Tips for Making Home Movies That Look Great

Father video recording mother and daughter

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When you’re making home movies, it’s easy to just pick up your camcorder and press “record.” Sometimes, you’ll record unforgettable moments, and end up making ​home movies that will be treasured forever. Other times, pressing "record" haphazardly means pressing your luck. Instead of making home movies your family can enjoy, you end up with lousy footage that’s not worth watching.

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Know Your Camcorder

Be sure to familiarize yourself with your camcorder before you begin recording for real. You'll want to get comfortable with the controls and the operation of the video camera.

You can prepare yourself by reading through the manual and shooting some practice footage around the house.

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Make a Plan

The first thing to do when making home movies is making a plan. You should have an idea of what you're going to be making a home movie about, what you want to videotape, and what you want the final movie to look like, more or less.

This isn't to say that you can't be spontaneous. Some of the best home movies come from unexpected events and activities. Even if you pull out your camcorder without a plan, you can create one while you shoot. Think about what interesting shots and b-roll you can capture, and, even spontaneously, you'll end up making a home movie that's more coherent and entertaining to watch.

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Lights

Plenty of light will make an incredible difference in the quality of the video footage that you shoot. Shooting outside will give you the best results, but if ​you're shooting inside, try to turn on as many lights as possible, and bring them close to your video subject.

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Sound

Video is a visual medium primarily, but don't forget that recorded sound plays an important part in making home movies. Always be conscious of the background sound, and try to control it as much as possible.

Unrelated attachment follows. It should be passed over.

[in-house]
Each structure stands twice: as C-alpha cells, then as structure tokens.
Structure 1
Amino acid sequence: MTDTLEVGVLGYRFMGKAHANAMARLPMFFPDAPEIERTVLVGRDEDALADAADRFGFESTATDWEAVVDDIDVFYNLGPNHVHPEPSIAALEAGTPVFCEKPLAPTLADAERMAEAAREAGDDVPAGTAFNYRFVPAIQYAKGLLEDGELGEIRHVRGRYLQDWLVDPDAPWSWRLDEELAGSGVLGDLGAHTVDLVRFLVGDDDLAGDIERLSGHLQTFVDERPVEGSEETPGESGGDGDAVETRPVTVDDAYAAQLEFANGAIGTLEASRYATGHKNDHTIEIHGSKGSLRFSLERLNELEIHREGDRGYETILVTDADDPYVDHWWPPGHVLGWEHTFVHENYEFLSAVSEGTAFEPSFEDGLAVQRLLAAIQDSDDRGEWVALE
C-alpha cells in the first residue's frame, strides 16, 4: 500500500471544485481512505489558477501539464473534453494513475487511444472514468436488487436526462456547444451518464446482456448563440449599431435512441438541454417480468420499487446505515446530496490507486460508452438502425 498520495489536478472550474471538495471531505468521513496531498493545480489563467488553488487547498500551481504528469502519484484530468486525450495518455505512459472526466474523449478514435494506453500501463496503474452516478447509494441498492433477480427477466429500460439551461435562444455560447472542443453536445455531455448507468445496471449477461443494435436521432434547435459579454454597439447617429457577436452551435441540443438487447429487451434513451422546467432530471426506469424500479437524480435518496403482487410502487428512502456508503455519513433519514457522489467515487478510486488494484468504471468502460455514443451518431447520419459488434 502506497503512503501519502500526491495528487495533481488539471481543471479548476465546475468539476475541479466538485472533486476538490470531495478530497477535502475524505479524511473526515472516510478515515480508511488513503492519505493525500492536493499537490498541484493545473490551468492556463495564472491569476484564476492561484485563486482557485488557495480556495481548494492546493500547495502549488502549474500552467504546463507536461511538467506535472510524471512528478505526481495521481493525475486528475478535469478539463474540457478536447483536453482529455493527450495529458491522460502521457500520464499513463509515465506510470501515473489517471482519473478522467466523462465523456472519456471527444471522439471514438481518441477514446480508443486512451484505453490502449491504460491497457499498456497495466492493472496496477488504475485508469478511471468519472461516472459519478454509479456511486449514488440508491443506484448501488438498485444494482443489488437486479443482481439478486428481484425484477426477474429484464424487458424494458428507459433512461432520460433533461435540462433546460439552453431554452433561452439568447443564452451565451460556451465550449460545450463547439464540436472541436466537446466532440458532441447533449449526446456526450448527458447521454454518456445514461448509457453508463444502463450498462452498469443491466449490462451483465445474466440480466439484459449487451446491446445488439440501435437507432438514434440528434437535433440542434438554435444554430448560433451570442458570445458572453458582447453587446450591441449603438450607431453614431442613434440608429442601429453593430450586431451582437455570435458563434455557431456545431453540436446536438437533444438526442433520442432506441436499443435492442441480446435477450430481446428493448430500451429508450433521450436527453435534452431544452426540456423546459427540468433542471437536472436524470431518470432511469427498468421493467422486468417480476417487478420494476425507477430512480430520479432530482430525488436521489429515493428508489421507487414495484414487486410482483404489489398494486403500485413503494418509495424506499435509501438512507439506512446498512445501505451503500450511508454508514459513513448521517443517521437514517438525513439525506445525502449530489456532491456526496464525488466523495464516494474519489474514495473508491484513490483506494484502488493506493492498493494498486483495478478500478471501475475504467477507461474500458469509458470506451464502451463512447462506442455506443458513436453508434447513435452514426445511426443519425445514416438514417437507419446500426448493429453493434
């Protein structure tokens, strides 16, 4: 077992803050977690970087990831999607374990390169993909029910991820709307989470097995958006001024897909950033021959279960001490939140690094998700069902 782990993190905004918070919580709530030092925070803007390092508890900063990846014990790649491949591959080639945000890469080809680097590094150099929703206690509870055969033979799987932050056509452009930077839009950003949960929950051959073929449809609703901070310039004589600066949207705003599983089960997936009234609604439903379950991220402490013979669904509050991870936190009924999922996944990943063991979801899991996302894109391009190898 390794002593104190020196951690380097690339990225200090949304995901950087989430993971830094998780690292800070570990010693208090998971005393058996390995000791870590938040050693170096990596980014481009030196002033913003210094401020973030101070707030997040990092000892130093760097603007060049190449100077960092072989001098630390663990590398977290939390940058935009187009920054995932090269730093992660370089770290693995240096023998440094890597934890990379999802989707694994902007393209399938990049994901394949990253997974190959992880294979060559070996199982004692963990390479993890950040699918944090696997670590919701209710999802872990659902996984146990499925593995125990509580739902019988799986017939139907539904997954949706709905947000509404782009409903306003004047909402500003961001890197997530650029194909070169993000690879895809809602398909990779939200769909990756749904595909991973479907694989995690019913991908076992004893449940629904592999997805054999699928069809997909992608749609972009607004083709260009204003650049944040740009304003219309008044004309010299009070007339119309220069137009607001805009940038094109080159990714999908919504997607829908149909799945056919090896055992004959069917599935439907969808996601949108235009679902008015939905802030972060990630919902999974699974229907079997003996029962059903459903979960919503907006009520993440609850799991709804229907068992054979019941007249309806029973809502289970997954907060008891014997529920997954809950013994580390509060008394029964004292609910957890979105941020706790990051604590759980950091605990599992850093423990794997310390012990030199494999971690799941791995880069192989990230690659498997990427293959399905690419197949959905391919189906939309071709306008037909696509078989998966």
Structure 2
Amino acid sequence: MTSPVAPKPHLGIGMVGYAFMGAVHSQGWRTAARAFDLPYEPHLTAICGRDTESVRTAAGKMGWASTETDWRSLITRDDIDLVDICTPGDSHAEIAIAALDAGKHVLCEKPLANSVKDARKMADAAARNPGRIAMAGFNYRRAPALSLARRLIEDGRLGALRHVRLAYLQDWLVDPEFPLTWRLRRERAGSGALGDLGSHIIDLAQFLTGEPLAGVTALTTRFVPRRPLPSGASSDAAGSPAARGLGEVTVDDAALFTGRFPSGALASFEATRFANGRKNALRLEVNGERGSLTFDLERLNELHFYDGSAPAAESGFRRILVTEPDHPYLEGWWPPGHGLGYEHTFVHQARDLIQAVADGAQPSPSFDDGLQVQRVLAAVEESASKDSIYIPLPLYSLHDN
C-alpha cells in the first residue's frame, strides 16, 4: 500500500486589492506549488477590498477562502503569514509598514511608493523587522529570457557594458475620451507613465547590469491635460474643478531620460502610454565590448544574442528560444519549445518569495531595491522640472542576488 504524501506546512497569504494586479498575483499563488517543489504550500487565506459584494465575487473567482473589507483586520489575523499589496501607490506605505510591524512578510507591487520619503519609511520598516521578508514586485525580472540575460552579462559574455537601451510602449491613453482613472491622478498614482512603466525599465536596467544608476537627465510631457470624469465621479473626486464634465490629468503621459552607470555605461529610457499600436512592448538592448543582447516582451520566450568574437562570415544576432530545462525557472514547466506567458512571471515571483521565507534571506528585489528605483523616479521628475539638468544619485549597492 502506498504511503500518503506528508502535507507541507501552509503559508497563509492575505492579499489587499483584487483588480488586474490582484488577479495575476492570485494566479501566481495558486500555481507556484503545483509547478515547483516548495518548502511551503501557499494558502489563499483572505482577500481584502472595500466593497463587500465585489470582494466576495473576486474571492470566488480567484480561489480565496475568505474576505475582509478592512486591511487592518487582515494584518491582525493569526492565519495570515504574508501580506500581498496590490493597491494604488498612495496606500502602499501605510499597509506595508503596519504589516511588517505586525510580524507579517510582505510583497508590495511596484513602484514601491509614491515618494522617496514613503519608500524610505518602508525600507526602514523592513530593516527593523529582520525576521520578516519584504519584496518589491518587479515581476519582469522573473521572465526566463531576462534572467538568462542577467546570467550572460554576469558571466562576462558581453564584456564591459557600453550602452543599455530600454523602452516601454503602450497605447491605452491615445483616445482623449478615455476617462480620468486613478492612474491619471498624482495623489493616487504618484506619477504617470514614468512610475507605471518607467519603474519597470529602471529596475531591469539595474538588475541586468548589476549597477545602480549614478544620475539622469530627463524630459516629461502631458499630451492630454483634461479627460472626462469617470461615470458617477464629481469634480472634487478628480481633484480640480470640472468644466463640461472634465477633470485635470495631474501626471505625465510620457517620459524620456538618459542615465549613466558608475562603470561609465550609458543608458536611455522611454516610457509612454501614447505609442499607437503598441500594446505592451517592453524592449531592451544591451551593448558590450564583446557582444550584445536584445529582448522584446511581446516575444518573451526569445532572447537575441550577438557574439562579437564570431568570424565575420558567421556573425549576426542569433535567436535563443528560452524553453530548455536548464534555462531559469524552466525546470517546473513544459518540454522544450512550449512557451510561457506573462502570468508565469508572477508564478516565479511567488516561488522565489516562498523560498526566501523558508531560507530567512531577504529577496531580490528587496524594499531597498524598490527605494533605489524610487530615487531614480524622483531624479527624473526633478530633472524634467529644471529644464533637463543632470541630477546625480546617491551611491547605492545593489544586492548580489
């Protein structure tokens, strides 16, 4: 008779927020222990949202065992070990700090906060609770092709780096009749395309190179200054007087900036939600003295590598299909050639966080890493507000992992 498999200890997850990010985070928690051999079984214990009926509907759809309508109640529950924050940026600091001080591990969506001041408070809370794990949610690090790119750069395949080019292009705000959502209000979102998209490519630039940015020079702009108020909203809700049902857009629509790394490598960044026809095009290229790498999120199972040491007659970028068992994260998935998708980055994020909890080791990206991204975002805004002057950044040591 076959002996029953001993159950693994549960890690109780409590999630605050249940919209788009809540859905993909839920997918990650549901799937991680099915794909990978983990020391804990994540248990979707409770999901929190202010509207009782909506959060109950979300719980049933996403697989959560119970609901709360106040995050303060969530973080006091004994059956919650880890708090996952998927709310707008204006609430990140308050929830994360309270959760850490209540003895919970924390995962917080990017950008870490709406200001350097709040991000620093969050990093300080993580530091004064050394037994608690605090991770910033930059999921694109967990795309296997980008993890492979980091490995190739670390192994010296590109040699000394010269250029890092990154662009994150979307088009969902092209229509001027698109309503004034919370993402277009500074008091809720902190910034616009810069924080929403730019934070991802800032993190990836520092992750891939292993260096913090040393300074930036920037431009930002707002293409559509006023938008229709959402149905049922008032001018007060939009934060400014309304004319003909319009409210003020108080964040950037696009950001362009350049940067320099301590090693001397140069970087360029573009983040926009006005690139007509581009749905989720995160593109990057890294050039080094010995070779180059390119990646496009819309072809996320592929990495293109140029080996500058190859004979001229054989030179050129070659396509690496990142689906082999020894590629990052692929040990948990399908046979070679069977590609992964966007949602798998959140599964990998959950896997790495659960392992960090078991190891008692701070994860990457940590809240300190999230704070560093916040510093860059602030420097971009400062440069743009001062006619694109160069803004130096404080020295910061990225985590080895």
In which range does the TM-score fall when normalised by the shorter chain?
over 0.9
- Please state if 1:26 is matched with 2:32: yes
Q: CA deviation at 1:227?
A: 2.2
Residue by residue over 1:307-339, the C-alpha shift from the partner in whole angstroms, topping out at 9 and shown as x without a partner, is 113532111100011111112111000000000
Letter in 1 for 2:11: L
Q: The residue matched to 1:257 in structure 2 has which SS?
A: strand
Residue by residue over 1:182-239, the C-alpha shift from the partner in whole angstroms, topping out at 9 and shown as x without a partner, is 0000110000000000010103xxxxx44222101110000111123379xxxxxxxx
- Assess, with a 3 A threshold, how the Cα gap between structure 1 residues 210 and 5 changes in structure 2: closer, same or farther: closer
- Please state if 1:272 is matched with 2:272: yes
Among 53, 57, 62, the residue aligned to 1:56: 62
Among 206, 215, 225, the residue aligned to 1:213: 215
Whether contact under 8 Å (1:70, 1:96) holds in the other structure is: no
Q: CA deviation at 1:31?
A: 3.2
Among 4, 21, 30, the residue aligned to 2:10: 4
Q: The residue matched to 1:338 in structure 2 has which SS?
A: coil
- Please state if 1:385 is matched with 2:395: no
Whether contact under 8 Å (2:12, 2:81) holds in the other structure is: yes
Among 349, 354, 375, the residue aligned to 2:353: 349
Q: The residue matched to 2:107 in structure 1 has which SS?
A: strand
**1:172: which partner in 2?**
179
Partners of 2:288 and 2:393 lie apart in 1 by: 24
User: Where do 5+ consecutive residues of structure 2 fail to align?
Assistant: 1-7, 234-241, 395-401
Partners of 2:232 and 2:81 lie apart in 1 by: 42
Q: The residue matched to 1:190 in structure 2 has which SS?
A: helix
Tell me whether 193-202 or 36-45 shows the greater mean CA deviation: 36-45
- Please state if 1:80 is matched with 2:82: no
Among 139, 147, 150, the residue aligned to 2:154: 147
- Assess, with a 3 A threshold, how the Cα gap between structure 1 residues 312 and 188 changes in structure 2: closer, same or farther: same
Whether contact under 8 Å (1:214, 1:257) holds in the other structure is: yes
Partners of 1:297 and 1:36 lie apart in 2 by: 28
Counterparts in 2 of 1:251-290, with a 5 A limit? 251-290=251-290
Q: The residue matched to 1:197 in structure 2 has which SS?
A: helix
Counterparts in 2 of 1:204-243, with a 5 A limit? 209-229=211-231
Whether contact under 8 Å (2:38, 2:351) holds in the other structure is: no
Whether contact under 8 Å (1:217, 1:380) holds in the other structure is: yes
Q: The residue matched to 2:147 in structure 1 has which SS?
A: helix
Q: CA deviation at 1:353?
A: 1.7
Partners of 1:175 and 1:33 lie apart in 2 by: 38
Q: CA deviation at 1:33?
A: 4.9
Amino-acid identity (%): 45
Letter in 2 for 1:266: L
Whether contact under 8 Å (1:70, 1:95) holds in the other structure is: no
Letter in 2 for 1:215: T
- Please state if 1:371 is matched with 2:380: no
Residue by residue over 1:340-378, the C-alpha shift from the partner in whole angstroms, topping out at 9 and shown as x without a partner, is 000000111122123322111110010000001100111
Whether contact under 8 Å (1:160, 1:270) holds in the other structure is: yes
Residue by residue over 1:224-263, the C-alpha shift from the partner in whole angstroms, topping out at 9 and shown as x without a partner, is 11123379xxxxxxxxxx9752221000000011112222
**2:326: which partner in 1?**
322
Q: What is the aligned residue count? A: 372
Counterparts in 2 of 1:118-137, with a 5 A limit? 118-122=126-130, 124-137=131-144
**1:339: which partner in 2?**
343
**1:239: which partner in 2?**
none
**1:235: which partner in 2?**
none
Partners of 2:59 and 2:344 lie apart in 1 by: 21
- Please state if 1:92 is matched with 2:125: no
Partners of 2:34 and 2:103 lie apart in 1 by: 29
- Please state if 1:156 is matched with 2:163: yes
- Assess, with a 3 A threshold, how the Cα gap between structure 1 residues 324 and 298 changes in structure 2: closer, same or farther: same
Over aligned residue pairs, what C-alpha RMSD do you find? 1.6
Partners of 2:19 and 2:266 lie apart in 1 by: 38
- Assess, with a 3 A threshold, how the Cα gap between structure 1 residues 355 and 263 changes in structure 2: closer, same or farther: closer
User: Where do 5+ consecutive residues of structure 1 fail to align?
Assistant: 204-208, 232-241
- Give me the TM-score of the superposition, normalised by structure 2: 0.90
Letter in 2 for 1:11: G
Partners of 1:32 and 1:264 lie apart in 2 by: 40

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Monitor

Don't​ just trust your camera to work best on its automatic settings. Check the audio with headphones, if possible, and check the video footage by looking through the eyepiece. The eyepiece gives you a better view than the flip-out screen because you won't be seeing any reflections or be influenced by external light.

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Hold the Shot

When shooting video footage, hold every shot for at least 10 seconds. This can seem like an eternity, but you'll thank yourself later when you're watching or editing the footage.

It may feel like you've got enough footage after recording for only 2 or 3 seconds, but those few seconds will fly by later. Remember, DV tape is inexpensive, so you don't need to be stingy.

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Look at the Details

Sometimes, you're so focused on your subject that you don't notice the surrounding elements of the scene. Only later, when you are reviewing the footage do you notice an unsightly trash can in the background or a tree sticking out of your subjects head.

Scan the video screen carefully before shooting to make sure there's nothing in the shot that you've overlooked. Begin in the center of the screen and work outwards in concentric circles looking closely at what is in each part of the screen.